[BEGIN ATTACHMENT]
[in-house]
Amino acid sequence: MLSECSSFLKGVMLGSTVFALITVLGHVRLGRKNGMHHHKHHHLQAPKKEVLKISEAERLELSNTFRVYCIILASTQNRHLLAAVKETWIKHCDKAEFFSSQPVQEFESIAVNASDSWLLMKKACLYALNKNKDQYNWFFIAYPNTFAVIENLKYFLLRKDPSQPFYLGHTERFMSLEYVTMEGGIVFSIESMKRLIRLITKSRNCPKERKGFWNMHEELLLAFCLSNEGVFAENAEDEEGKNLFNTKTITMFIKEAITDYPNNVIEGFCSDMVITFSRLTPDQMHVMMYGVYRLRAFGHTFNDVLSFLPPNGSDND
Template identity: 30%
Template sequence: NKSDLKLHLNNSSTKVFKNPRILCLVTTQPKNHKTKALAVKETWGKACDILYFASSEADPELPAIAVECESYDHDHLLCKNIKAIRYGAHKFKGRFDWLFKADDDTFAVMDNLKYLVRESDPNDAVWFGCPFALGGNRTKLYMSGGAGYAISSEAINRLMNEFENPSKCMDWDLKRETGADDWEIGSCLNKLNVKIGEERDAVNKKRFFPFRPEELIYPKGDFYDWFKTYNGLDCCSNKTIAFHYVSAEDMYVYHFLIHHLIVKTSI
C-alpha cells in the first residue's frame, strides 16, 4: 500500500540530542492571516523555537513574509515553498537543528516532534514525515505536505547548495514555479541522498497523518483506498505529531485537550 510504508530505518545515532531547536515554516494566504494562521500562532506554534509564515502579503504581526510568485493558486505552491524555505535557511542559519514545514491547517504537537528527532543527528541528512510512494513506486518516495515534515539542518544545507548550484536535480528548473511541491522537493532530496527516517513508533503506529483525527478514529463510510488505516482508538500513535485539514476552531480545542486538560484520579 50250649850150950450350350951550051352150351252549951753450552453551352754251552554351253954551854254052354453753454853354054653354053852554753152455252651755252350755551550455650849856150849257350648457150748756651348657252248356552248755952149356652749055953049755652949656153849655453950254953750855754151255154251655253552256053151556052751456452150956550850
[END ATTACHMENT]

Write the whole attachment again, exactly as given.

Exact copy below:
[in-house]
Amino acid sequence: MLSECSSFLKGVMLGSTVFALITVLGHVRLGRKNGMHHHKHHHLQAPKKEVLKISEAERLELSNTFRVYCIILASTQNRHLLAAVKETWIKHCDKAEFFSSQPVQEFESIAVNASDSWLLMKKACLYALNKNKDQYNWFFIAYPNTFAVIENLKYFLLRKDPSQPFYLGHTERFMSLEYVTMEGGIVFSIESMKRLIRLITKSRNCPKERKGFWNMHEELLLAFCLSNEGVFAENAEDEEGKNLFNTKTITMFIKEAITDYPNNVIEGFCSDMVITFSRLTPDQMHVMMYGVYRLRAFGHTFNDVLSFLPPNGSDND
Template identity: 30%
Template sequence: NKSDLKLHLNNSSTKVFKNPRILCLVTTQPKNHKTKALAVKETWGKACDILYFASSEADPELPAIAVECESYDHDHLLCKNIKAIRYGAHKFKGRFDWLFKADDDTFAVMDNLKYLVRESDPNDAVWFGCPFALGGNRTKLYMSGGAGYAISSEAINRLMNEFENPSKCMDWDLKRETGADDWEIGSCLNKLNVKIGEERDAVNKKRFFPFRPEELIYPKGDFYDWFKTYNGLDCCSNKTIAFHYVSAEDMYVYHFLIHHLIVKTSI
C-alpha cells in the first residue's frame, strides 16, 4: 500500500540530542492571516523555537513574509515553498537543528516532534514525515505536505547548495514555479541522498497523518483506498505529531485537550 510504508530505518545515532531547536515554516494566504494562521500562532506554534509564515502579503504581526510568485493558486505552491524555505535557511542559519514545514491547517504537537528527532543527528541528512510512494513506486518516495515534515539542518544545507548550484536535480528548473511541491522537493532530496527516517513508533503506529483525527478514529463510510488505516482508538500513535485539514476552531480545542486538560484520579 50250649850150950450350350951550051352150351252549951753450552453551352754251552554351253954551854254052354453753454853354054653354053852554753152455252651755252350755551550455650849856150849257350648457150748756651348657252248356552248755952149356652749055953049755652949656153849655453950254953750855754151255154251655253552256053151556052751456452150956550850